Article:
SPACE 'TOW TRUCK' TO HELP CLEAN UP FAILED SATELLITES IN EARTH'S ORBIT
The European Space Agency (ESA) has commissioned a £100 million space debris removal project aimed at clearing up the remains of failed satellites from Earth's orbit.
Swiss start-up ClearSpace has been chosen by the ESA to carry out what it believes to be a world-first mission in 2025, with the British government contributing £10 million to the cause.
Dubbed Clearspace-1, the mission will see an unmanned "tow truck" spacecraft launched into orbit to target part of an ESA rocket that has been floating about 435 miles above Earth since 2013.
Once in orbit, the spacecraft will grasp the debris with robotic arms before returning to Earth - causing both to burn up in the atmosphere.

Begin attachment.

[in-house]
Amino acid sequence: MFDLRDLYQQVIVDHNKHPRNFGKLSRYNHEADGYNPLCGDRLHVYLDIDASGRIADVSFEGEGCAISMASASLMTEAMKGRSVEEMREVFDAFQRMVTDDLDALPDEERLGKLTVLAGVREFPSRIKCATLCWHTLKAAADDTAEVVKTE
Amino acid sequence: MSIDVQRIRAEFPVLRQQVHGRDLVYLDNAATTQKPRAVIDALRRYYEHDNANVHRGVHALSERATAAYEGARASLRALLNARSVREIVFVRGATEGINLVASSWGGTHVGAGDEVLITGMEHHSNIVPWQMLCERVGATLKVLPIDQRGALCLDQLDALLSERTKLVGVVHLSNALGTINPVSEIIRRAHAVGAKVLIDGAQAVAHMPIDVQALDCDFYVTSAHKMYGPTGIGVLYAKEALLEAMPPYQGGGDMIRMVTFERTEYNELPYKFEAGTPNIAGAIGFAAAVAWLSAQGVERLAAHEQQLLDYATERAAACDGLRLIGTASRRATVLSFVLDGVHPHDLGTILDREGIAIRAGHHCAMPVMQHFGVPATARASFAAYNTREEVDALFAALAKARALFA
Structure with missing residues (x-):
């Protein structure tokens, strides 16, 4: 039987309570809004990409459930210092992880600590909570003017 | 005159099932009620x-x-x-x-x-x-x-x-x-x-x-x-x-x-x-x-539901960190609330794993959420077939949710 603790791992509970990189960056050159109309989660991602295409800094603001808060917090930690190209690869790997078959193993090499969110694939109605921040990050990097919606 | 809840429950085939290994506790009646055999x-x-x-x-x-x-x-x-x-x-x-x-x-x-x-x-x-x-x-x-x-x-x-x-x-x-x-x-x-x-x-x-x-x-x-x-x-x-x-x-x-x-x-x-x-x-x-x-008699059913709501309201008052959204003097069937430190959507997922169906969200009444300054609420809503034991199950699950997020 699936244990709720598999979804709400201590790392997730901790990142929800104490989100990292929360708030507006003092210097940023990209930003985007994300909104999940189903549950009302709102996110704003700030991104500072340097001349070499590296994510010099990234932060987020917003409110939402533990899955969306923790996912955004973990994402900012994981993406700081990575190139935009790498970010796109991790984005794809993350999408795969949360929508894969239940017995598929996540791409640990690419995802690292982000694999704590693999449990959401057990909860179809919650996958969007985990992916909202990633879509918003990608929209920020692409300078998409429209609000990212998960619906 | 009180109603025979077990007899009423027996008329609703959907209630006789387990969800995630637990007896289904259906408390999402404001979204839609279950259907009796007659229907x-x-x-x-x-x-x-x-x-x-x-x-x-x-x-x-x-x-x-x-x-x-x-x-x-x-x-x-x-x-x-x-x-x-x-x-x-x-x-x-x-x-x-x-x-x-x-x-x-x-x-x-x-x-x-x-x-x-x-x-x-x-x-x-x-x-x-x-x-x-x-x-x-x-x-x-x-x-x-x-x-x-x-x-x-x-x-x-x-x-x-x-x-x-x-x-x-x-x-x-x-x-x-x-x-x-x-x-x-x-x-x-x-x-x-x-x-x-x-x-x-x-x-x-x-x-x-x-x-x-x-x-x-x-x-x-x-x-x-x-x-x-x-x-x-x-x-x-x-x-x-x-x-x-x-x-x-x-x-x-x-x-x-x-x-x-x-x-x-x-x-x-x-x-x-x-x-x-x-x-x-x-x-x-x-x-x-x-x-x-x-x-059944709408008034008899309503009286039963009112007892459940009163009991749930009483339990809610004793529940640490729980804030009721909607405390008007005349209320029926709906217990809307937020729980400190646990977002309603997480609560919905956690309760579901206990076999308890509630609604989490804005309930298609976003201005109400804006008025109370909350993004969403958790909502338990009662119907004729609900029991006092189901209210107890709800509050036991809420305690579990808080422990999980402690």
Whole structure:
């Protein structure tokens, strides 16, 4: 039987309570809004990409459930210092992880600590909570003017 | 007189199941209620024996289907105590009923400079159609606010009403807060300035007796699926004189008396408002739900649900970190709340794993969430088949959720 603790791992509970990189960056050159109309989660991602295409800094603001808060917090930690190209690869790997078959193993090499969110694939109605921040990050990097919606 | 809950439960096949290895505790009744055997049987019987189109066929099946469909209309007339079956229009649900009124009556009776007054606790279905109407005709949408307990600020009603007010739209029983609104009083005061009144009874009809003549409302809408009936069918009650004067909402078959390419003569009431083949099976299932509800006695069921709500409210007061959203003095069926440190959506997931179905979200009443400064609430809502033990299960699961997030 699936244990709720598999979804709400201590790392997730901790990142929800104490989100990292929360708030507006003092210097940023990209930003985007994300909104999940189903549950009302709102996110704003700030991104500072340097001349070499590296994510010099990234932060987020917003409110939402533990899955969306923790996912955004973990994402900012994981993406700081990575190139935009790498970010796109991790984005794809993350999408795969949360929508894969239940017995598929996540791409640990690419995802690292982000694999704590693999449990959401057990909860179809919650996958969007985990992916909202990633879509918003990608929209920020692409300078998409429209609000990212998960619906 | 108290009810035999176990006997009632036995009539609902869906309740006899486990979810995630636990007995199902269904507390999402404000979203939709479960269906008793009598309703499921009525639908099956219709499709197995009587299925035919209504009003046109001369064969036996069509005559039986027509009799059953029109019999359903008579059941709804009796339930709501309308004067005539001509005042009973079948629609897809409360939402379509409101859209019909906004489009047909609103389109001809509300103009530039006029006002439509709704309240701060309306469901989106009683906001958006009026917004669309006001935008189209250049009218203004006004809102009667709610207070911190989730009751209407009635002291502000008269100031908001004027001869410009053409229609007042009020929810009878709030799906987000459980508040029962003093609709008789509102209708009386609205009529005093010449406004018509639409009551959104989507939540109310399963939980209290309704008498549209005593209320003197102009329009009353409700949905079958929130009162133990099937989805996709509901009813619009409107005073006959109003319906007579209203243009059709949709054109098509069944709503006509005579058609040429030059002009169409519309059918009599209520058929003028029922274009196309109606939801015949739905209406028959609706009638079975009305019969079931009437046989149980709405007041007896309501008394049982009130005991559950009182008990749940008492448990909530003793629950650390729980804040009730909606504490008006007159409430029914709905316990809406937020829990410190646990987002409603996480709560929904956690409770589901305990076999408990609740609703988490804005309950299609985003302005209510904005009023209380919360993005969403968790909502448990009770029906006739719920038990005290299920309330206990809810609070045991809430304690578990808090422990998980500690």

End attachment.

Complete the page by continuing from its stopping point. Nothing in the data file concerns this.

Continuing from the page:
"This is the right time for such a mission," ClearSpace founder and chief executive Luc Piguet said.
"The space debris issue is more pressing than ever before. Today we have nearly 2,000 live satellites in space and more than 3,000 failed ones.
"And in the coming years the number of satellites will increase by an order of magnitude, with multiple mega-constellations made up of hundreds or even thousands of satellites planned for low Earth orbit.
"The need is clear for a 'tow truck' to remove failed satellites from this highly trafficked region."
ESA director general Jan Worner hopes the Clearspace-1 mission will pave the way for a new industry of in-orbit debris removal.
"Imagine how dangerous sailing the high seas would be if all the ships ever lost in history were still drifting on top of the water," Mr Worner.
"That is the current situation in orbit, and it cannot be allowed to continue."Published: by Radio NewsHub